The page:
Photo of John McBride, second from the left, receiving the Radio Plymouth Carer of the Year Award in June 2017.

John McBride wins the Plymouth Carer of the Year Award.

Above: John McBride, second from the left, receives the Radio Plymouth Carer of the Year Award from Beyond Limits Director, Doreen Kelly, June 2017.

Radio Plymouth panelSponsored by Radio Plymouth and Beyond Limits, the Carer of the Year Award is an annual opportunity to recognise people who go the extra mile caring for someone. Nominations are made by family members, neighbours and professionals and voted for by the public.

Below is the nomination from John’s son.

I admire my dad more than anyone. He has been a carer for his son for thirty years, helping him to get along at school and has cooked, cleaned, went shopping for him etc. He has also been a carer for his wife for the last twenty years.

Giving up his dream job my dad has never had a day off in twenty years. As a father to four children he had to take them to school and help with homework, go shopping etc, as well as provide 24/7 care for his wife. She cannot be alone at any time and so this means he doesn’t get any alone time till night time, even then he has to be on alert, he has to plug in her machine to help her breathe. He then sleeps downstairs in his own bed as she is like a child now.

He has to walk her to the bus, catch the bus with her and take her to her group she attends with other people who have mental health issues and disabilities. He then sits with her so she doesn’t get upset, or upset anyone or harm herself or anyone else. He is always in limbo and never relaxed because he always has to be on alert of her unpredictable behaviour. He keeps her safe and protects her from the outside world. He hasn’t had a holiday, he doesn’t smoke or drink and only goes to her groups and shopping and to visit family with her in tow.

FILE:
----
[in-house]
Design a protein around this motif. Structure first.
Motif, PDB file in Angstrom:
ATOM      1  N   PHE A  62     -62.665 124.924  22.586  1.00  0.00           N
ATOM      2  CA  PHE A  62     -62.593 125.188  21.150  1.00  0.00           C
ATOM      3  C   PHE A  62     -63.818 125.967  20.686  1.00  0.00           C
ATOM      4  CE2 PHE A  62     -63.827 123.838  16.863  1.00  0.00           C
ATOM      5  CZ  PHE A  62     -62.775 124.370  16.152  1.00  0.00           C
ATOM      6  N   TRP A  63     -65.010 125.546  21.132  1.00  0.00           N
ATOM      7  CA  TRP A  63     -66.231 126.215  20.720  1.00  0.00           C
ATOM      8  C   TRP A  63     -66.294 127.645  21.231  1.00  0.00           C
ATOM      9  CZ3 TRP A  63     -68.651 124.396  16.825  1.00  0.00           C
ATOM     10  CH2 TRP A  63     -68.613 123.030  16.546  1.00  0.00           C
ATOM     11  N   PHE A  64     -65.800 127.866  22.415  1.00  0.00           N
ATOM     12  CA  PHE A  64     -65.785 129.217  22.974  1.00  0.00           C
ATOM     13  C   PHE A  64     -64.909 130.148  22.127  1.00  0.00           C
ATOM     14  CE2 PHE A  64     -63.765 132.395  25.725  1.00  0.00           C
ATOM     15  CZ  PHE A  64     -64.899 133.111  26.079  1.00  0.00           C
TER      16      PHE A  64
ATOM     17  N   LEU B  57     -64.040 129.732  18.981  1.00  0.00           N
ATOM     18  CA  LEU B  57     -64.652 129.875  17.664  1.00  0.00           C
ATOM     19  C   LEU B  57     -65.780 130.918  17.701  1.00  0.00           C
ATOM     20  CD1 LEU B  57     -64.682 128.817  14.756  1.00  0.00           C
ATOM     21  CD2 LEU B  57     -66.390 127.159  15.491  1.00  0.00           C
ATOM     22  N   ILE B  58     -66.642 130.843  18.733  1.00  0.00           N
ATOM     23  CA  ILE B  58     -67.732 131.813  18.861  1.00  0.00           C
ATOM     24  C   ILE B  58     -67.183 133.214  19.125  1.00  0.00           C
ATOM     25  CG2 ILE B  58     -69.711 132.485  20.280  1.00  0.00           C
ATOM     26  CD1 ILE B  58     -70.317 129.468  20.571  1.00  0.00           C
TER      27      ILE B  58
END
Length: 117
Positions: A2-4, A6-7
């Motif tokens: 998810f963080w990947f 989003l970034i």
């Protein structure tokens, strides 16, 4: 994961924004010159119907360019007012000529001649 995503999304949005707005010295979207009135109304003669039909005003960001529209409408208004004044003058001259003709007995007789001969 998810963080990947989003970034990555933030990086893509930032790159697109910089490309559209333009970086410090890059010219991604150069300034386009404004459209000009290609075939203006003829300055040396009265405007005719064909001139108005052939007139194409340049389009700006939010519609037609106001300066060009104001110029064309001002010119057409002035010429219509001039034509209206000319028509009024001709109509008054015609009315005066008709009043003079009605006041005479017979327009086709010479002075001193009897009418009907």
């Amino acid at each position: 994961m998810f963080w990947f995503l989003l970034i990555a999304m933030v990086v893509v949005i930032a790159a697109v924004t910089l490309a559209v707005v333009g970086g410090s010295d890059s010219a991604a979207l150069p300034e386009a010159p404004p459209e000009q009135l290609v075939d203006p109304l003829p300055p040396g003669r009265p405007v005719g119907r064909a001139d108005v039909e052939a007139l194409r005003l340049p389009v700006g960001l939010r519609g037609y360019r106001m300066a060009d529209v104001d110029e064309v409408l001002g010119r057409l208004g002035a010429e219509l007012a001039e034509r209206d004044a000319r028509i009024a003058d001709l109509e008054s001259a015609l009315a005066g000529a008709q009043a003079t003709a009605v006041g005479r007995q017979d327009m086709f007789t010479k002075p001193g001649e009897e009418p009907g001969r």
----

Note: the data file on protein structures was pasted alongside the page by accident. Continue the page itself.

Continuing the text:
She has respite twice a year and then he is away from her for about 5 days, but can’t relax as he has his son near his home who also rings daily for emotional care. He is also then uneasy until she returns home because he then knows she is safe, as it has been known for her to be upset etc when he is not around. He has to protect her as she has the innocence of a child nowadays and can become easily upset by people.

He would love to go back to being a shipwright or working with robotics but he is so loving, through sickness and health he vowed. He cooks for her, cleans and does everything. His caring role doesn’t have a start and finish so I cannot say at such a such time he does this and that, other than the medication he gives her at set times daily. Morning, lunch and dinner time. He has to place them in her mouth and ensure she swallows and doesn’t spit them in her drink. He has had to attend to her toiletry needs when she has accidents, and therefore has to carry a bag of spare clothes etc around with him.

Through all his struggles he always put his wife and children first. He doesn’t have much money these days but would still give his last £5 to someone else if he think they needed it, be it financially, emotionally or mentally. He is the most selfless, kindest and most of all humble man I know. He probably wouldn’t believe he was even up for this nomination. He is my idol!